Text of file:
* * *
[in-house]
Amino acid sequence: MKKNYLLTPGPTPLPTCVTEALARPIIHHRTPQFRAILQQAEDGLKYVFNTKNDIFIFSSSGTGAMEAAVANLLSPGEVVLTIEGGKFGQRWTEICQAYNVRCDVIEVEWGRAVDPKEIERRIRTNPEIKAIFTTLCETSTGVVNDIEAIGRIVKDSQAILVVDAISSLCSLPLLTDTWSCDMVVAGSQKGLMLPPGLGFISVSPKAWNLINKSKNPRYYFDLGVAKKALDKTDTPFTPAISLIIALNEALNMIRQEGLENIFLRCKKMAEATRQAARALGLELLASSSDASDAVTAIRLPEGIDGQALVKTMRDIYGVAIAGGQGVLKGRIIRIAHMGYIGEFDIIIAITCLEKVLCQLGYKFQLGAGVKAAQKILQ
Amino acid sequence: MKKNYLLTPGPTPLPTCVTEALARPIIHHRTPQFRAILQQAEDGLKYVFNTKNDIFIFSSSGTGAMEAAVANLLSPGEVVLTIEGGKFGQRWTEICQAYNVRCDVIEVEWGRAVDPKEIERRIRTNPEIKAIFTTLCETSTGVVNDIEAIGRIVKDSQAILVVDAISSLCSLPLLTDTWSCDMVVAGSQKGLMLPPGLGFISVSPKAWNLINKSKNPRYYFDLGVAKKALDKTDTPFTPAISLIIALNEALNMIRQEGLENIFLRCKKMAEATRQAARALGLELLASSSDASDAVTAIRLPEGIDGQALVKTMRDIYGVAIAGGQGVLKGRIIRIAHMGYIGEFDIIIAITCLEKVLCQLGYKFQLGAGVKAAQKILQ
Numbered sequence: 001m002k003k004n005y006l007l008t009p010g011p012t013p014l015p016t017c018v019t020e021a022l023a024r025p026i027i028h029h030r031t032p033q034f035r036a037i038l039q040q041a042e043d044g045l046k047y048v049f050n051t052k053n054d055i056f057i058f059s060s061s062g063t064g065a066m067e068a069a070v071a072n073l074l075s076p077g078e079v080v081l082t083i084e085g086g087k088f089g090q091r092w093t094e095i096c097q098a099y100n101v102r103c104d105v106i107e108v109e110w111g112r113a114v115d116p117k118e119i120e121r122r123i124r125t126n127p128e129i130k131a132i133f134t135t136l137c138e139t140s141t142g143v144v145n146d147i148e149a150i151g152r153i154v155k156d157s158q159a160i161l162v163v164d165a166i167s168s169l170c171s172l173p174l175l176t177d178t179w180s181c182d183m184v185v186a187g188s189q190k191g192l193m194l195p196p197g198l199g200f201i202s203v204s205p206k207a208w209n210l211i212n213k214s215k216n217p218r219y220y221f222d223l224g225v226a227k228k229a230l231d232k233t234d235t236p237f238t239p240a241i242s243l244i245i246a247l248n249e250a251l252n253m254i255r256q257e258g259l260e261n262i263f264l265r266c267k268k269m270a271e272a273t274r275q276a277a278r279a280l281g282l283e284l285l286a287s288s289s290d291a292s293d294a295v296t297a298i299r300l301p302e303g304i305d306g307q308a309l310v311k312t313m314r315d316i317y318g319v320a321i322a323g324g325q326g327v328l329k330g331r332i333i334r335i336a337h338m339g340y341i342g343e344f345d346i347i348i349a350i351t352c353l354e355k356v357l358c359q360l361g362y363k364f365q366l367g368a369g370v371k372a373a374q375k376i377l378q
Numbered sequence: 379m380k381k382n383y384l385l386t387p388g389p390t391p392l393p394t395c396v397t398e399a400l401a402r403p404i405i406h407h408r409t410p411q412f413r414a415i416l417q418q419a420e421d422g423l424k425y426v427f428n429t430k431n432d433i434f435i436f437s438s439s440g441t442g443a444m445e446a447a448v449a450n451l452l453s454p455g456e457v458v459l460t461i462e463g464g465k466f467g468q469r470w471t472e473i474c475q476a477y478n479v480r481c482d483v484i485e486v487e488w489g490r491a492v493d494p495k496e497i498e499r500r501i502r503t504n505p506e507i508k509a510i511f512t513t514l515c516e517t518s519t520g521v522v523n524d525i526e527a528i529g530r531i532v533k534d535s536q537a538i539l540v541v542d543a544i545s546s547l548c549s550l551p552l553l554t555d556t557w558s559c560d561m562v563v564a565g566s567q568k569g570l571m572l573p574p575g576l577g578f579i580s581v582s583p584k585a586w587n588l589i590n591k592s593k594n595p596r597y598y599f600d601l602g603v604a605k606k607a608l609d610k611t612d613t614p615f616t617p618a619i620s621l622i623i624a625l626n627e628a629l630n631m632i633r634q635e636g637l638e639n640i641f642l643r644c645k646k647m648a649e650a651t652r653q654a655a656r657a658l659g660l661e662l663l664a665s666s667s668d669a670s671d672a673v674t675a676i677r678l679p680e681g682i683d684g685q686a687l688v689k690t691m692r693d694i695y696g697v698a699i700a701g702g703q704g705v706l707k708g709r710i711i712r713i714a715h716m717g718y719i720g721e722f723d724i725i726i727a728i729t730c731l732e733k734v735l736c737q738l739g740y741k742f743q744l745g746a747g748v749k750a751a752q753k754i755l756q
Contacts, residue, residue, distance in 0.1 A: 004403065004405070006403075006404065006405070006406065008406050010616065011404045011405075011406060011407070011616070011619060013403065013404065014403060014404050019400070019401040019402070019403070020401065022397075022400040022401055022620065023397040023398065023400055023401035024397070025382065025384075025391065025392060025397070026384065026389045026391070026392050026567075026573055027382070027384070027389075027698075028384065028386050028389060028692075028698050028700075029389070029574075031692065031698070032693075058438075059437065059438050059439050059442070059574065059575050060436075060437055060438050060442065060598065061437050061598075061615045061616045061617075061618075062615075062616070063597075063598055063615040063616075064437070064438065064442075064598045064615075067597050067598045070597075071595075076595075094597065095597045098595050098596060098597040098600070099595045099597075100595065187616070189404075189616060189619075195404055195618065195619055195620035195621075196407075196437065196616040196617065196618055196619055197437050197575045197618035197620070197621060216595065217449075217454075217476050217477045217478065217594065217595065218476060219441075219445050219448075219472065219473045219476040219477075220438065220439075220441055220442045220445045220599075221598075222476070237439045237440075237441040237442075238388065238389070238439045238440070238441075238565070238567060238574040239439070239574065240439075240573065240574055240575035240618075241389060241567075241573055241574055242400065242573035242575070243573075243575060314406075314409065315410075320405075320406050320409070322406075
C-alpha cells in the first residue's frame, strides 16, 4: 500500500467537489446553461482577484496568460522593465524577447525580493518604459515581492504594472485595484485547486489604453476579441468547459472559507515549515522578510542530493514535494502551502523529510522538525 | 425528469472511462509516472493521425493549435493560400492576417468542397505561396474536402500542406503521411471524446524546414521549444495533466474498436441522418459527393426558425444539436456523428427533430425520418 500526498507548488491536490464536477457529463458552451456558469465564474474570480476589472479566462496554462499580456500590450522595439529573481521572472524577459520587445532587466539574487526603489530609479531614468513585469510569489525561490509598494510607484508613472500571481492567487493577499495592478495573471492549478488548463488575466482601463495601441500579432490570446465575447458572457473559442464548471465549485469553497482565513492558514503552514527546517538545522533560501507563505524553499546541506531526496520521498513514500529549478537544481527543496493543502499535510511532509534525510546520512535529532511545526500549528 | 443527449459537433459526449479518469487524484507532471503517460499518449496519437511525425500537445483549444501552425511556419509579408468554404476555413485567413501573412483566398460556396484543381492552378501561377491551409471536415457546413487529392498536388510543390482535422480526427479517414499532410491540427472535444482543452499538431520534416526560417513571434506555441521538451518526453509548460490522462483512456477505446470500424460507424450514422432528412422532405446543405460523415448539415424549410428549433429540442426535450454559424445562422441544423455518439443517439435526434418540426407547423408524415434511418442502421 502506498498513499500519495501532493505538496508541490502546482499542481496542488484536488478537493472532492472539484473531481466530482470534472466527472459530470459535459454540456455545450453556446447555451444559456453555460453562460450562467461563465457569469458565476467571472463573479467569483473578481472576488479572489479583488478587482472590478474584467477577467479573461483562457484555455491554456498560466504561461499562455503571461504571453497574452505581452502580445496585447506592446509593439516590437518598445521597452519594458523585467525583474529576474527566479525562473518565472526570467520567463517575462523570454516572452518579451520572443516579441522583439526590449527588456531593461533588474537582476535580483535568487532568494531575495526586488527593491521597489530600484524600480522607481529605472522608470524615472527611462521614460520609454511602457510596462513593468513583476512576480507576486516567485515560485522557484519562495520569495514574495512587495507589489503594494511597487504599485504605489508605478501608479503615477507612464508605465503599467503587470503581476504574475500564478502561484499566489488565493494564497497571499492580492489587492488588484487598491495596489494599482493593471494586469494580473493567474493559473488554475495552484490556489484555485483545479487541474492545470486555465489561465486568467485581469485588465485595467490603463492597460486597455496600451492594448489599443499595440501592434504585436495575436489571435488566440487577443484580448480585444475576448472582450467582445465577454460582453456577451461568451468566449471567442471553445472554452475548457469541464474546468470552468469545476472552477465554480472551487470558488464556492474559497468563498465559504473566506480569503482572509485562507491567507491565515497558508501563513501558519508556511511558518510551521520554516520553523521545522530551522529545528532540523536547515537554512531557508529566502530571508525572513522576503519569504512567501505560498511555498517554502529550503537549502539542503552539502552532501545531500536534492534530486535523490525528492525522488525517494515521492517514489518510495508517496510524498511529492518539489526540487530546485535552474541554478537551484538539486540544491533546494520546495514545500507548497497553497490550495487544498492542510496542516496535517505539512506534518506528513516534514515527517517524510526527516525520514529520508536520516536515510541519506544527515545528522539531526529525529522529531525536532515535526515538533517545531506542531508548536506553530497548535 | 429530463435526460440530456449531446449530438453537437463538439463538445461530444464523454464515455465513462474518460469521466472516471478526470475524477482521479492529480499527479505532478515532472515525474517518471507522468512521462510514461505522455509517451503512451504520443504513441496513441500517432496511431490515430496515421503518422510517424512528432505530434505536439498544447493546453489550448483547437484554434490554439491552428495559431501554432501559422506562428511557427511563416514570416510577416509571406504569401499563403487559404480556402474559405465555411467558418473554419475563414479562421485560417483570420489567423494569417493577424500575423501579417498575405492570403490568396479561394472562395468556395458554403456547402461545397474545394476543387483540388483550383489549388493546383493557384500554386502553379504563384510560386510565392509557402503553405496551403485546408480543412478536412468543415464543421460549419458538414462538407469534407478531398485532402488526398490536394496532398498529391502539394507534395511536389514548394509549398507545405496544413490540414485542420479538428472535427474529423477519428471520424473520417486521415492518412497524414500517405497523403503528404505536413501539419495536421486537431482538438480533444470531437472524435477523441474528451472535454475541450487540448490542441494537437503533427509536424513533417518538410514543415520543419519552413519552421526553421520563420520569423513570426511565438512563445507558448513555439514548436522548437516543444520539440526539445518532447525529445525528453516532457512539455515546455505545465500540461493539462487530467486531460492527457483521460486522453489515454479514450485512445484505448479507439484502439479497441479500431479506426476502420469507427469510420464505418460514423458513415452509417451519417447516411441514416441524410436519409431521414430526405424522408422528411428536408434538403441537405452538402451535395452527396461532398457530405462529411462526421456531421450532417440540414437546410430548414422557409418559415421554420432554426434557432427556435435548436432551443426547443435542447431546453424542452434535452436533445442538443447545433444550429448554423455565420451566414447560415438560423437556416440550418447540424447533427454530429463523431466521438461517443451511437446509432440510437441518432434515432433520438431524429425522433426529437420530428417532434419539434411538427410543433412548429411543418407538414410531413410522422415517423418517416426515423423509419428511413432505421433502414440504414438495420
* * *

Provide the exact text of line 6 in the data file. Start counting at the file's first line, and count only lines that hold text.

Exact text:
Contacts, residue, residue, distance in 0.1 A: 004403065004405070006403075006404065006405070006406065008406050010616065011404045011405075011406060011407070011616070011619060013403065013404065014403060014404050019400070019401040019402070019403070020401065022397075022400040022401055022620065023397040023398065023400055023401035024397070025382065025384075025391065025392060025397070026384065026389045026391070026392050026567075026573055027382070027384070027389075027698075028384065028386050028389060028692075028698050028700075029389070029574075031692065031698070032693075058438075059437065059438050059439050059442070059574065059575050060436075060437055060438050060442065060598065061437050061598075061615045061616045061617075061618075062615075062616070063597075063598055063615040063616075064437070064438065064442075064598045064615075067597050067598045070597075071595075076595075094597065095597045098595050098596060098597040098600070099595045099597075100595065187616070189404075189616060189619075195404055195618065195619055195620035195621075196407075196437065196616040196617065196618055196619055197437050197575045197618035197620070197621060216595065217449075217454075217476050217477045217478065217594065217595065218476060219441075219445050219448075219472065219473045219476040219477075220438065220439075220441055220442045220445045220599075221598075222476070237439045237440075237441040237442075238388065238389070238439045238440070238441075238565070238567060238574040239439070239574065240439075240573065240574055240575035240618075241389060241567075241573055241574055242400065242573035242575070243573075243575060314406075314409065315410075320405075320406050320409070322406075